$4.3 Million in Federal Funding Awarded to Domestic Violence Prevention Efforts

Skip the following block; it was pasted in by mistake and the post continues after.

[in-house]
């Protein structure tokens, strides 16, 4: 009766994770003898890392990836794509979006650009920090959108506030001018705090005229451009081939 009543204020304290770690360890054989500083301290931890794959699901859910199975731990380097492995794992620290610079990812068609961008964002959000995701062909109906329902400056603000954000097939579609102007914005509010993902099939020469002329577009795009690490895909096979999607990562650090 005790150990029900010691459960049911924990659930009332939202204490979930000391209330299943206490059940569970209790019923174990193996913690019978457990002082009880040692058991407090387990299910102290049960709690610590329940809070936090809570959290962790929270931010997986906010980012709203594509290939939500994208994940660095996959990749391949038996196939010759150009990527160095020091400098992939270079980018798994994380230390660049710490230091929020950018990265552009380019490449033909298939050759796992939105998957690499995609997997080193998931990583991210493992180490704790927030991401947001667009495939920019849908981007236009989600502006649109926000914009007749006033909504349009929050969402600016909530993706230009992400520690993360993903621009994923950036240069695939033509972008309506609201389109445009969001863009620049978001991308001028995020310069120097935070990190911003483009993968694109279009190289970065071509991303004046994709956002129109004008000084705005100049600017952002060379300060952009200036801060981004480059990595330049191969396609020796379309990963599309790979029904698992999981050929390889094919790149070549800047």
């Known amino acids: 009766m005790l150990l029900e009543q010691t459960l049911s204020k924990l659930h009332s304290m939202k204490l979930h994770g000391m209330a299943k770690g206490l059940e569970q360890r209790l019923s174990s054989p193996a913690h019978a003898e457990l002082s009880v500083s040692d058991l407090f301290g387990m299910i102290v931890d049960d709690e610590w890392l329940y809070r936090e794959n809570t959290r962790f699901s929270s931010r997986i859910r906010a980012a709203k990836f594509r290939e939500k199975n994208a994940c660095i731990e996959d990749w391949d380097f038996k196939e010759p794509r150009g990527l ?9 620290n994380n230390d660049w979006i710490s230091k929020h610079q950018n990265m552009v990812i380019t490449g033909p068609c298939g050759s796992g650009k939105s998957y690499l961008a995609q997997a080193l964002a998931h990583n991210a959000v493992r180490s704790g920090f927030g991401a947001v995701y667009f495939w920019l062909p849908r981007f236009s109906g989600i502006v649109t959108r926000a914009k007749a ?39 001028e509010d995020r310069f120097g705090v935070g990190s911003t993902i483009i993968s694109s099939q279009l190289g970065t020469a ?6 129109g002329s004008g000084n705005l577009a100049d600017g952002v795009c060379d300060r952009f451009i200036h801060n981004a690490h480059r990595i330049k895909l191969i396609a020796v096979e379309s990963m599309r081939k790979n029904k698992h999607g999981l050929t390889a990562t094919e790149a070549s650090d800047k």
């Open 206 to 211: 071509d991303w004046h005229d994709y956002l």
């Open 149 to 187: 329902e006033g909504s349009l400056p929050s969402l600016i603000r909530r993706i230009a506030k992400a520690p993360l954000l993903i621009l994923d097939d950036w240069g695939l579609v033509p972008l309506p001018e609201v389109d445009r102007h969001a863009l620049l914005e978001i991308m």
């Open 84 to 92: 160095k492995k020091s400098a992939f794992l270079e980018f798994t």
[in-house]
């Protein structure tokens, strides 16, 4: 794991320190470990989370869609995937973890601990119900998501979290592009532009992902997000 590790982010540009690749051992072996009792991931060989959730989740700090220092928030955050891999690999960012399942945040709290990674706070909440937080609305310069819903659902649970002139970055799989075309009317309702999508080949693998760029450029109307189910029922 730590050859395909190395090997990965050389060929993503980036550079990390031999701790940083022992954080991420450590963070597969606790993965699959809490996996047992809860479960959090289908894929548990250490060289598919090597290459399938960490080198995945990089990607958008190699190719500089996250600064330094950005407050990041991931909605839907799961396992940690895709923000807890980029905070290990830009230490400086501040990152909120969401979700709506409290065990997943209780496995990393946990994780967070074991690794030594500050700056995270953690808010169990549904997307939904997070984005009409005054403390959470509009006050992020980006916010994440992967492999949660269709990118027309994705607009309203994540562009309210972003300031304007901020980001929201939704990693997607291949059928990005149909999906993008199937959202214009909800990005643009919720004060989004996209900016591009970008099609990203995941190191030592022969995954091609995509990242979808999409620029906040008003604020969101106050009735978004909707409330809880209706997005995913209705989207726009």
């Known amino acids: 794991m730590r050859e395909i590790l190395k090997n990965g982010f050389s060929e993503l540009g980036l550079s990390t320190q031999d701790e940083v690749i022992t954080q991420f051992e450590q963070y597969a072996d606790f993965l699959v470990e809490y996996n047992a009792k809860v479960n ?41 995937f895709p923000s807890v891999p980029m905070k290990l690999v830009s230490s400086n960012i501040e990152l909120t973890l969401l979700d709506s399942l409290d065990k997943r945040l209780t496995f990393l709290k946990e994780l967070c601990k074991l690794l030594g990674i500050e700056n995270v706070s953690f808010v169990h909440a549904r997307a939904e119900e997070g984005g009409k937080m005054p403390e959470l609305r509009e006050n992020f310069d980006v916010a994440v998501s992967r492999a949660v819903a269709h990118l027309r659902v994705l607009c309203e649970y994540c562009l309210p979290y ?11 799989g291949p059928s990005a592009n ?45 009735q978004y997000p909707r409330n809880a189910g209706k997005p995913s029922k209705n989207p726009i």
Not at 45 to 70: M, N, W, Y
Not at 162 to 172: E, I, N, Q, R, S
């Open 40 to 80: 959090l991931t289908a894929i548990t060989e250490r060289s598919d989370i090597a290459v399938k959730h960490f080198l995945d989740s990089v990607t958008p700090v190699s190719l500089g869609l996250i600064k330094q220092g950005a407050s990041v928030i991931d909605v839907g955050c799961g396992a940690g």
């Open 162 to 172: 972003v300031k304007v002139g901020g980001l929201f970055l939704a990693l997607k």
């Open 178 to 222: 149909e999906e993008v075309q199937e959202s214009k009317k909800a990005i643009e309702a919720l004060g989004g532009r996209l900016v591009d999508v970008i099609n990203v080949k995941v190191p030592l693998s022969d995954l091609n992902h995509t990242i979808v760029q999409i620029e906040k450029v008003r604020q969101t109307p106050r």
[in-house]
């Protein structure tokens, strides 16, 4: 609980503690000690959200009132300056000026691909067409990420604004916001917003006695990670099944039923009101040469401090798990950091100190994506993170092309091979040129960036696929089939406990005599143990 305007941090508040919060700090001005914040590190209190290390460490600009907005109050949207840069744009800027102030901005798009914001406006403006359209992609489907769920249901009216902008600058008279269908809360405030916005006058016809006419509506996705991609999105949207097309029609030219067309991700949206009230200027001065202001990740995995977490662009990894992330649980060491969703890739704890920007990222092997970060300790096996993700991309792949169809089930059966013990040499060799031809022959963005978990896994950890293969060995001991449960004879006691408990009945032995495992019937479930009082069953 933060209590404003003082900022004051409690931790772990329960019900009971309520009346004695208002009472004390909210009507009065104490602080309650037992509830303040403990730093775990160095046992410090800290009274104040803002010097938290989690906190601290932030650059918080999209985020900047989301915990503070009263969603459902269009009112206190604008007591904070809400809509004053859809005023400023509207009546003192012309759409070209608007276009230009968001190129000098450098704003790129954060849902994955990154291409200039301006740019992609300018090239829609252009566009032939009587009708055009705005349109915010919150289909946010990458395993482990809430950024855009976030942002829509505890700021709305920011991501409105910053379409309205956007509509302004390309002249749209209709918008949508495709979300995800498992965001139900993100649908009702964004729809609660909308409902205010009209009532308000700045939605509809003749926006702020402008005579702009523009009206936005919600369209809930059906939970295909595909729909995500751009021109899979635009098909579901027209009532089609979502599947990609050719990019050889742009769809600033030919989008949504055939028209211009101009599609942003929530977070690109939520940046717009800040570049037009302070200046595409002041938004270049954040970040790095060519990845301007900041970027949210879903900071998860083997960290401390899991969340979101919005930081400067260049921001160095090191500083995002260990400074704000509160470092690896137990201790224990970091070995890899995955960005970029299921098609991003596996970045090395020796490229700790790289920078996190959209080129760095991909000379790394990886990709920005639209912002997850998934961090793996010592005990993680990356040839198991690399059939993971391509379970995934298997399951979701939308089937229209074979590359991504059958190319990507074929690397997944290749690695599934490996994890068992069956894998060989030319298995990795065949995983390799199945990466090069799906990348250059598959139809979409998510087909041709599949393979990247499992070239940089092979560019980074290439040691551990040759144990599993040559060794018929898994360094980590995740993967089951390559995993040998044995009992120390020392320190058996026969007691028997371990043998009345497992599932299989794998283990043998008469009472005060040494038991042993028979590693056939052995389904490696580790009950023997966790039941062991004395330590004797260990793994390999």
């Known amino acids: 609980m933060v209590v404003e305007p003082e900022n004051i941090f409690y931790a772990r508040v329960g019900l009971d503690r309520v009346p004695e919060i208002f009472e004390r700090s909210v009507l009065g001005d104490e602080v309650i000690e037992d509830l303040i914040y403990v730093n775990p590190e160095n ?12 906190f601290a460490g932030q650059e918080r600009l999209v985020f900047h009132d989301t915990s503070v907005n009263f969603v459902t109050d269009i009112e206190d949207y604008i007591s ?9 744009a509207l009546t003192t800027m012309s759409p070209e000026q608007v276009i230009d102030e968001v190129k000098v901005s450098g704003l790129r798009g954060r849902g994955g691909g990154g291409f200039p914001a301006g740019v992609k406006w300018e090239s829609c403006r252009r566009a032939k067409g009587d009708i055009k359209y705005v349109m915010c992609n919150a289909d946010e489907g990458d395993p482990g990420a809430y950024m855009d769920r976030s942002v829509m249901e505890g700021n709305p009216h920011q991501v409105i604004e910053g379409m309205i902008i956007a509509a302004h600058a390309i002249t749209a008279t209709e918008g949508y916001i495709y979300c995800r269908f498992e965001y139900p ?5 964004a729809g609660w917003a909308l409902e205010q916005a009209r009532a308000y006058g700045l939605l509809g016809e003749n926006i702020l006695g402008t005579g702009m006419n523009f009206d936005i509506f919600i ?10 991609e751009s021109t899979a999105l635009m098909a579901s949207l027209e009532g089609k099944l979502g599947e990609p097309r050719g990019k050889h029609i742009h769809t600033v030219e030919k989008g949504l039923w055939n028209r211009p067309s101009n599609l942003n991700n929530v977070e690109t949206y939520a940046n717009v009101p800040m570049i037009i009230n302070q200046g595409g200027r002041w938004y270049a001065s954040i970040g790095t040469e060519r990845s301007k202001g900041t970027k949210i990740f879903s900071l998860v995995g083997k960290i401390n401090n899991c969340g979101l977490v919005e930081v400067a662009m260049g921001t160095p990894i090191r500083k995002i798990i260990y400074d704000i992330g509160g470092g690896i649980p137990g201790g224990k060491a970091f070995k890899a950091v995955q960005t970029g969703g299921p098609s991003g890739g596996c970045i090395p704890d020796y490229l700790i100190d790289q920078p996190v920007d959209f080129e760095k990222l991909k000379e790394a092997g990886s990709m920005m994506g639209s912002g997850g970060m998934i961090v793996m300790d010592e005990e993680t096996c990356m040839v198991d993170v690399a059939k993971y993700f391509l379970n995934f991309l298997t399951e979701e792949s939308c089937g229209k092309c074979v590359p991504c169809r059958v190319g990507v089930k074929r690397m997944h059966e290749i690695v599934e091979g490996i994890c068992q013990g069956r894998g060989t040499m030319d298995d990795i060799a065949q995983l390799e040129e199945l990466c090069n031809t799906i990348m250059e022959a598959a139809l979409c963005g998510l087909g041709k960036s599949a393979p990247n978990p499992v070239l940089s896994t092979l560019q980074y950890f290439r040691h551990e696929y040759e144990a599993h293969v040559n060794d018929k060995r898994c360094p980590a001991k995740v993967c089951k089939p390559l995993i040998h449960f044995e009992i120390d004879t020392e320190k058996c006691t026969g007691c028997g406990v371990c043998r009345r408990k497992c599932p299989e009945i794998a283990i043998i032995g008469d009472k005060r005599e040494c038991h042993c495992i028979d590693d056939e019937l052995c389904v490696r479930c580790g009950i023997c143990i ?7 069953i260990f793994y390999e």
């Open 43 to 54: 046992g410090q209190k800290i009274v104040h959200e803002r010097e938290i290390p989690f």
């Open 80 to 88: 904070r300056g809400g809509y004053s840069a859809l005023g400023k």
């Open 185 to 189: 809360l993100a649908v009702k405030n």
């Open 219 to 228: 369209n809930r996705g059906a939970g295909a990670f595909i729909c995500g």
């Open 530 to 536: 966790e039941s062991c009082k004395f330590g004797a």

Governor Andrew M. Cuomo today announced New York is receiving more than $4.3 million for programs that serve domestic violence victims across the state. The funding is provided through the Federal Family Violence Prevention and Services Act, which supports the establishment, maintenance, and expansion of programs to prevent domestic violence. It also provides immediate shelter and support services for all victims of domestic violence and their children, as well as specialized services for underserved populations throughout the state. "Too many families experience violence at home, and my administration has made it a priority to help New Yorkers break this cycle of abuse," Governor Cuomo said. "This funding will support proven programs that are designed to help victims and combat the problem of domestic violence all across this state." The funding is split into non-competitive grants totaling more than $1.2 million and competitive grants totaling $3 million. The non-competitive grants were awarded to domestic violence programs in smaller counties with fewer resources, while the competitive grants were based on county poverty rates, type of model, county Child Protective Services reporting rates, regional office ratings, and racial equity and cultural competence. The New York State Office of Children and Family Services used a competitive Request for Proposals to allocate the funds, which are awarded on an annual basis from the U.S. Department of Health and Human Services. Applying for this funding helps the state better align with emerging needs and the national emphasis on reaching underserved populations and creating effective new evidence-based responses to domestic violence. Awardees had to demonstrate in their proposals that the funds will support preventing incidents of family violence, as well as provide immediate shelter, support services, and access to community-based programs for victims of domestic violence and their children. They also had to offer specialized services for children, underserved populations, and minorities that are exposed to domestic violence. Acting Commissioner of the Office of Children and Family Services Sheila J. Poole said, “Last year, more than 15,000 New Yorkers received emergency domestic violence shelter services at programs licensed by Office of Children and Family Services. This funding is critical to help come to the aid of adults and children who are desperately seeking help from dangerous situations at home. The organizations benefitting from this funding provide important care to families of all shapes, sizes, and backgrounds affected by domestic violence every day of the year. It is important to recognize that there are victims across the state who need services not only to keep them safe, but to help them overcome the trauma of abuse.” According to Safe Horizon, a victims' services agency that assists crime and abuse victims throughout New York City: · One in four women will experience domestic violence. · More than three million children each year will witness domestic violence at home. · Without help, girls who witness domestic violence are more vulnerable to abuse, and boys are more likely to become abusers of their partners and children as adults, continuing a cycle of violence we see in families all too often.   Award Populations Name of Program Amount Served Equinox, Inc. $75,250 Albany Co. Allegany County Community Opportunities and Rural Development (ACCORD) $75,250 Allegany Co. Cattaraugus Community Action, Inc. $75,250 Cattaraugus Co. Cayuga/Seneca Community Action Agency, Inc. $50,563 Cayuga Co. The Salvation Army (Jamestown) $75,250 Chautauqua Co. Grace Smith House, Inc. $35,050 Dutchess Co. House of Faith Ministry, Inc. $30,000 Dutchess Co. Erie County District Attorney's Office $55,000 Erie Co. Child and Family Services of Erie County (Haven House) $56,074 Erie Co. Catholic Charities of the Diocese of Albany/Catholic Charities of Herkimer County $75,250 Herkimer Co. Liberty Resources, Inc. $74,636 Madison Co. The Safe Center LI, Inc. $75,250 Nassau Co. YWCA of Niagara, Inc. $58,879 Niagara Co. Family & Children’s Service of Niagara, Inc. $56,811 Niagara Co. Jewish Board of Family and Children's Services $35,073 NYC Queens Legal Services Corporation $75,250 NYC Urban Resource Institute $75,250 NYC HELP Social Service Corporation $75,250 NYC Safe Horizon, Inc. $75,250 NYC Henry Street Settlement $75,250 NYC Palladia, Inc. $75,250 NYC Good Shepherd Services $75,250 NYC Barrier Free Living, Inc. $75,250 NYC New York City Gay and Lesbian Anti-Violence Project $75,250 NYC Urban Justice Center $75,250 NYC New York Asian Women’s Center, Inc. $75,250 NYC YWCA of the Mohawk Valley $75,250 Oneida Co. Vera House, Inc. $50,000 Onondaga Co. The Salvation Army (Syracuse) $75,250 Onondaga Co. Family Counseling Service of the Finger Lakes, Inc. $67,535 Ontario Co. Oswego County Opportunities, Inc. $75,250 Oswego Co. Putnam/Northern Westchester Women’s Resource Center $69,379 Putnam Co. Unity House of Troy, Inc. $75,250 Rensselaer Co. Seamen's Society for Children and Families $75,250 Richmond Co. Mechanicville Area Community Services Center, Inc. $53,920 Saratoga Co. YWCA of Schenectady $75,250 Schenectady Co. Retreat, Inc. $75,250 Suffolk Co. Brighter Tomorrows, Inc. $75,250 Suffolk Co. A New Hope Center, Inc. $75,250 Tioga Co. Advocacy Center of Tompkins County $50,992 Tompkins Co. Circulo de la Hispanidad $75,250 Ulster Co. Family of Woodstock, Inc. $53,613 Ulster Co. Catholic Charities of the Diocese of Albany $75,250 Warren Co. & Washington Co. My Sisters' Place $75,250 Westchester Co. Hope’s Door $70,000 Westchester Co. Westchester County Office for Women $39,134 Westchester Co. TOTAL: $3,088,909 If you or someone you know is in immediate danger, call 911. If you are a victim in crisis seeking assistance or for information about resources in your community, call the New York State Domestic Violence Hotline at 1-800-942-6906, or 1-800-621-HOPE in New York City. Congressman Brian Higgins said, “Programs serving domestic violence survivors are crucial to providing the necessary shelter, treatment and counseling these situations call for. This funding will support these programs, allow them to expand their scope and services, and help them continue to serve survivors of domestic violence.” Providers statewide received nearly 195,000 domestic violence crisis or hotline calls in 2013 alone. Local domestic violence hotlines provide community-specific information and resources. A list of local hotline numbers can be found on the New York State Coalition Against Domestic Violence website. Additionally, the Office of Children and Family Services website contains information about domestic violence service providers. The information listed contains business addresses, and does not represent actual DV shelter locations. The Office of Children and Family Services serves New York by promoting the safety, permanency, and well-being of children, families, and communities, and coordinates the licensing process for 163 residential domestic violence programs across the state. For more information, visit, “like” the New York State Office of Children and Family Services Facebook page, or follow @NYSOCFS on Twitter. OCFS also maintains a Spanish-language Twitter account, @NYSOCFS_espanol.